Heading to Derry-Londonderry for this year's Turner Prize? We've chosen five things to see while you're visiting 2013's UK City of Culture.
1. The city walls
Derry-Londonderry is one of Europe's finest walled cities, with walls that have remained almost perfectly preserved since they were built in the early 17th century. While the city has been besieged three times, culminating in the Great Siege of 1689, no army ever succeeded in breaching the defences, earning Derry-Londonderry the nickname 'The Maiden City'.
2. Void Gallery
Set up in 2005 by a group of artists, Void is a contemporary art gallery in the heart of the city dedicated to showing works by Irish and international artists. An exhibition of works by Turner Prize winner Mark Wallinger runs until 25 October, while Veterans/Psychophonies, an exhibition by Spanish artist Santiago Sierra, opens on 9 November.
Recently returned to its former grandeur following a £9.5m restoration, this neo-Gothic building with Tudor overtones is home to stunning stained glass and an elaborate pipe organ. Built in 1887 by The Honourable The Irish Society, an organisation set up to colonise Country Londonderry during the plantation of Ulster, Guildhall is home to displays chronicling the city's colonial history.
4. The People's Gallery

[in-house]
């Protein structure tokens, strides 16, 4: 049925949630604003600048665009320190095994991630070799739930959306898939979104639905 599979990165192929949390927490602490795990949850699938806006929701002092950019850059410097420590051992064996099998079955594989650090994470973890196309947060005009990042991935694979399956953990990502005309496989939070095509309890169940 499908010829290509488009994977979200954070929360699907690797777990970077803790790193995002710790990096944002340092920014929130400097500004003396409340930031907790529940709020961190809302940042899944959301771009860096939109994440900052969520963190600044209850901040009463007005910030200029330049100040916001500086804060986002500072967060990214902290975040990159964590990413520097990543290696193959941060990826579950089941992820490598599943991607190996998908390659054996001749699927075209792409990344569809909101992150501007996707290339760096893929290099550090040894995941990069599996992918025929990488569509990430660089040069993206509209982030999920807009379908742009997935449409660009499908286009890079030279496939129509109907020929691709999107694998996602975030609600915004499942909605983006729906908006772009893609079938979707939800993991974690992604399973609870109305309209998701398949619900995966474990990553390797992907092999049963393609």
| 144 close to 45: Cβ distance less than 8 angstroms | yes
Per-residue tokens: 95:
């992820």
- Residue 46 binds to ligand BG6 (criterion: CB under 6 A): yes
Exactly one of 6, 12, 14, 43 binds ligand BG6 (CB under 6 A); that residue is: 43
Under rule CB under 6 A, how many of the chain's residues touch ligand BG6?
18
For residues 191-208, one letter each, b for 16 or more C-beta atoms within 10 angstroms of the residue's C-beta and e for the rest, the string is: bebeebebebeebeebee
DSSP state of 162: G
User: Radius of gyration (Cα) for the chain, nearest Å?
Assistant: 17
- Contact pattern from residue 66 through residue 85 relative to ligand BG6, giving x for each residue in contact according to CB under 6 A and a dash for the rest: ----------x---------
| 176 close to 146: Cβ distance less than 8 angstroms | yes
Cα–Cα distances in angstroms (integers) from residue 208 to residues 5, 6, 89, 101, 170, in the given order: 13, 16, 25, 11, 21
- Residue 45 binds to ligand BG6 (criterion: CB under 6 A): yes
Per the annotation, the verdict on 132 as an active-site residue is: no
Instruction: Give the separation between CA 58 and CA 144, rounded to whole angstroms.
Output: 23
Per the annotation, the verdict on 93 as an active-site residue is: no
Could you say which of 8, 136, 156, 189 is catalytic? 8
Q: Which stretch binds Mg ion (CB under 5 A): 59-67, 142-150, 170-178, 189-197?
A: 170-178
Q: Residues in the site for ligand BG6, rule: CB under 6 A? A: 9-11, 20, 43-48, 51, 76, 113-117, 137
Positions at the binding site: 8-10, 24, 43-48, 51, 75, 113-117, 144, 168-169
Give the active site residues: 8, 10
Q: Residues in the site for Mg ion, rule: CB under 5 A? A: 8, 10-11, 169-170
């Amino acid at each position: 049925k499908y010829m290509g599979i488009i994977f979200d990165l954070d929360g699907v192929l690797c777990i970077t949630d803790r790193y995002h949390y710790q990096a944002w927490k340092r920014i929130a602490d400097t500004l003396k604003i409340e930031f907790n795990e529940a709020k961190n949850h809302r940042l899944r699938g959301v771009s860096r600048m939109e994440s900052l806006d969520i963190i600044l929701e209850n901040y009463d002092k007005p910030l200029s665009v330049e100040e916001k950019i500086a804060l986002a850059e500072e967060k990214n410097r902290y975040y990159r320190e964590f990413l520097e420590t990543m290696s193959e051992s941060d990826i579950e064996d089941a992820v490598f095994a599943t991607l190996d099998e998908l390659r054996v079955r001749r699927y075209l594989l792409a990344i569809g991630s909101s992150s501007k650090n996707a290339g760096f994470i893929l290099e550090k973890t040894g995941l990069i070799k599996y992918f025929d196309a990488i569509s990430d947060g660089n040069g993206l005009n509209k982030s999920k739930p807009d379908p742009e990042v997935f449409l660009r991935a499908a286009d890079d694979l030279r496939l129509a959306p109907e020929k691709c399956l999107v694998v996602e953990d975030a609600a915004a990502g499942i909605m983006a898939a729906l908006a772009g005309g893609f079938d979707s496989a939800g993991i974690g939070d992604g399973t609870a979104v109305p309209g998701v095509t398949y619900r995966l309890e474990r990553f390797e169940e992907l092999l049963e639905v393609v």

Not a traditional gallery but a series of 12 murals spanning the length of Rossville Street, the People's Gallery was created by a trio of painters known as the Bogside Artists. The murals depict scenes from Northern Ireland during the Troubles, from a gasmask-wearing petrol bomber to a commemoration of the 14 men who were killed on Bloody Sunday while attending a civil rights march.
5. Workhouse Museum
Designed by architect George Wilkinson, Derry-Londonderry's workhouse began operating in 1840 and continued for over a century, eventually being converted into a hospital in 1948. Since 1997 the building has served as a museum, with artefacts illuminating the building's history and exhibitions commemorating the role played by Derry-Londonderry in the Second World War.
The Turner Prize is at the Parade Ground, Ebrington Square until 5 January 2014. Entry is free to all.